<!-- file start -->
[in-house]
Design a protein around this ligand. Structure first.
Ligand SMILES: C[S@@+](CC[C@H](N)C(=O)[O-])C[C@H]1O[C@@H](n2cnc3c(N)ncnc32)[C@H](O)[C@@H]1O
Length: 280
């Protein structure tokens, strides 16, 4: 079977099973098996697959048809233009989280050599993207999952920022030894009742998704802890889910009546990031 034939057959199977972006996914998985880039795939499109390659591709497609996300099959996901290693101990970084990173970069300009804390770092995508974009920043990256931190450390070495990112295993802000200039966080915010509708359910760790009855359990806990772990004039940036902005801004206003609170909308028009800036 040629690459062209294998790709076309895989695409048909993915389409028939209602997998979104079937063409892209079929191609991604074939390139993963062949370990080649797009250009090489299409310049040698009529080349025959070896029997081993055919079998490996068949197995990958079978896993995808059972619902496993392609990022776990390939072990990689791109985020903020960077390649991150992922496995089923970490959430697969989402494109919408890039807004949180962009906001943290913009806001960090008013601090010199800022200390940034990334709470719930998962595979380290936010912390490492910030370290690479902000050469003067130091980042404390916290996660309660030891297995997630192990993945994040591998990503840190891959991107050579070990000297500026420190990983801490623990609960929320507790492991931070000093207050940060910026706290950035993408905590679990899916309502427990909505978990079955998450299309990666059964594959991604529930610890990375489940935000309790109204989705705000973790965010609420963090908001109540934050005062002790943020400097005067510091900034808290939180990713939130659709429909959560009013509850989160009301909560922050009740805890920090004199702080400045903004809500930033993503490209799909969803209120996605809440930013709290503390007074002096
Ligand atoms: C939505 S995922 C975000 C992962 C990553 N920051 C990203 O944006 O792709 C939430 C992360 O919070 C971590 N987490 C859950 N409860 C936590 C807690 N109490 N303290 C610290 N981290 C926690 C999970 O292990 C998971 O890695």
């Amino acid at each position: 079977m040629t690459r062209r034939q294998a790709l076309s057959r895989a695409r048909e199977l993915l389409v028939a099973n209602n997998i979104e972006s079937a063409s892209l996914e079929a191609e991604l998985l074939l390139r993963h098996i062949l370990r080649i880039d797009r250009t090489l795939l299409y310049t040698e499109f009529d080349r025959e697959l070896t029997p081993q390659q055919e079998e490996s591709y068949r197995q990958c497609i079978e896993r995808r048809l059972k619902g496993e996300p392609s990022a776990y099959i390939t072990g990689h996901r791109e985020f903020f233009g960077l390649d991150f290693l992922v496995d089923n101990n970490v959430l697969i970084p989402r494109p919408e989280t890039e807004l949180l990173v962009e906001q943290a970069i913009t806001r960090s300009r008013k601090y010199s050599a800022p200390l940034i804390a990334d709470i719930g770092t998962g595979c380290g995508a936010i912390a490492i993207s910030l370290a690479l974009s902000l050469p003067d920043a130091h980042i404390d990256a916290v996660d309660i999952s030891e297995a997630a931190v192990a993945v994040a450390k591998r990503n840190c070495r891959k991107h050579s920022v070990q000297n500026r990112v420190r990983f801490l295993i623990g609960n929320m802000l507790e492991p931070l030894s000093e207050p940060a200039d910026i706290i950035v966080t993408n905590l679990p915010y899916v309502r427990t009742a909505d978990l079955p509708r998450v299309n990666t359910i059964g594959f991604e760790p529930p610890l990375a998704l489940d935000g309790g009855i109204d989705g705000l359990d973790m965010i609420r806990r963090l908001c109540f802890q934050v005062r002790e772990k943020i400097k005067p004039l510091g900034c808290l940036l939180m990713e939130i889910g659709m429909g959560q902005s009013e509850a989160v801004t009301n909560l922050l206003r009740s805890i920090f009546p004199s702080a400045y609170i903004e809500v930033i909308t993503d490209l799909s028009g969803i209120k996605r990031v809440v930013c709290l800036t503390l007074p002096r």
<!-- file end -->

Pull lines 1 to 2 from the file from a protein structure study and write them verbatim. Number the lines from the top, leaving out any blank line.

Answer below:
[in-house]
Design a protein around this ligand. Structure first.